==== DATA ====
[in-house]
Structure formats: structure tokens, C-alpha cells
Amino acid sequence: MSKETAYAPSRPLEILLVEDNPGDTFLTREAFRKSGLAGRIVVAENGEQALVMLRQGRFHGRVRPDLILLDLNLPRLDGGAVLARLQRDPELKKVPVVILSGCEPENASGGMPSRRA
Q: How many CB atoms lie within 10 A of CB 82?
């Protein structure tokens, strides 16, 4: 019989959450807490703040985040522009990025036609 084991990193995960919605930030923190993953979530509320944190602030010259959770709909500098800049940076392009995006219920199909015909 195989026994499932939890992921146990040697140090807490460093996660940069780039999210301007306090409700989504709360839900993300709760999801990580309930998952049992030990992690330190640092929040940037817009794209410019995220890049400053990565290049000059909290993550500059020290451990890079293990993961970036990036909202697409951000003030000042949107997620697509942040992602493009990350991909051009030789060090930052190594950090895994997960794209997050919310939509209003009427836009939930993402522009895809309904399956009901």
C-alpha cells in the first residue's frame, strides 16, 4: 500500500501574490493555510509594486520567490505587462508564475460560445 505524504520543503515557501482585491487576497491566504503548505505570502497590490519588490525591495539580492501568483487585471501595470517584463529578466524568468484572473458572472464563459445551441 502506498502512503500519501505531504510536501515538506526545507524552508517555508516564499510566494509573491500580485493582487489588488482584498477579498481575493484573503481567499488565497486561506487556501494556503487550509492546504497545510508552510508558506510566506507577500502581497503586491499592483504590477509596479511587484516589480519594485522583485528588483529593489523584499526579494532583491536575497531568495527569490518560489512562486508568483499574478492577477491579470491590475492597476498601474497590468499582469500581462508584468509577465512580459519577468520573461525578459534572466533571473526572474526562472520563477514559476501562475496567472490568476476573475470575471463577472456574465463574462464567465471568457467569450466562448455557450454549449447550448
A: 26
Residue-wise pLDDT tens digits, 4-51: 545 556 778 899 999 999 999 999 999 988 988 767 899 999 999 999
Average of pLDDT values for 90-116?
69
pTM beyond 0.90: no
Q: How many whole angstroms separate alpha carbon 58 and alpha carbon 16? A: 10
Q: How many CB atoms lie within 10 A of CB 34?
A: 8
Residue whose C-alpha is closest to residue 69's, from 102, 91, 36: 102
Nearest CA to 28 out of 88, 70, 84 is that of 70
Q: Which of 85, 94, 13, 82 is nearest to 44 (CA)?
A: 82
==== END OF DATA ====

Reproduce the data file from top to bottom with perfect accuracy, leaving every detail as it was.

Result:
[in-house]
Structure formats: structure tokens, C-alpha cells
Amino acid sequence: MSKETAYAPSRPLEILLVEDNPGDTFLTREAFRKSGLAGRIVVAENGEQALVMLRQGRFHGRVRPDLILLDLNLPRLDGGAVLARLQRDPELKKVPVVILSGCEPENASGGMPSRRA
Q: How many CB atoms lie within 10 A of CB 82?
């Protein structure tokens, strides 16, 4: 019989959450807490703040985040522009990025036609 084991990193995960919605930030923190993953979530509320944190602030010259959770709909500098800049940076392009995006219920199909015909 195989026994499932939890992921146990040697140090807490460093996660940069780039999210301007306090409700989504709360839900993300709760999801990580309930998952049992030990992690330190640092929040940037817009794209410019995220890049400053990565290049000059909290993550500059020290451990890079293990993961970036990036909202697409951000003030000042949107997620697509942040992602493009990350991909051009030789060090930052190594950090895994997960794209997050919310939509209003009427836009939930993402522009895809309904399956009901």
C-alpha cells in the first residue's frame, strides 16, 4: 500500500501574490493555510509594486520567490505587462508564475460560445 505524504520543503515557501482585491487576497491566504503548505505570502497590490519588490525591495539580492501568483487585471501595470517584463529578466524568468484572473458572472464563459445551441 502506498502512503500519501505531504510536501515538506526545507524552508517555508516564499510566494509573491500580485493582487489588488482584498477579498481575493484573503481567499488565497486561506487556501494556503487550509492546504497545510508552510508558506510566506507577500502581497503586491499592483504590477509596479511587484516589480519594485522583485528588483529593489523584499526579494532583491536575497531568495527569490518560489512562486508568483499574478492577477491579470491590475492597476498601474497590468499582469500581462508584468509577465512580459519577468520573461525578459534572466533571473526572474526562472520563477514559476501562475496567472490568476476573475470575471463577472456574465463574462464567465471568457467569450466562448455557450454549449447550448
A: 26
Residue-wise pLDDT tens digits, 4-51: 545 556 778 899 999 999 999 999 999 988 988 767 899 999 999 999
Average of pLDDT values for 90-116?
69
pTM beyond 0.90: no
Q: How many whole angstroms separate alpha carbon 58 and alpha carbon 16? A: 10
Q: How many CB atoms lie within 10 A of CB 34?
A: 8
Residue whose C-alpha is closest to residue 69's, from 102, 91, 36: 102
Nearest CA to 28 out of 88, 70, 84 is that of 70
Q: Which of 85, 94, 13, 82 is nearest to 44 (CA)?
A: 82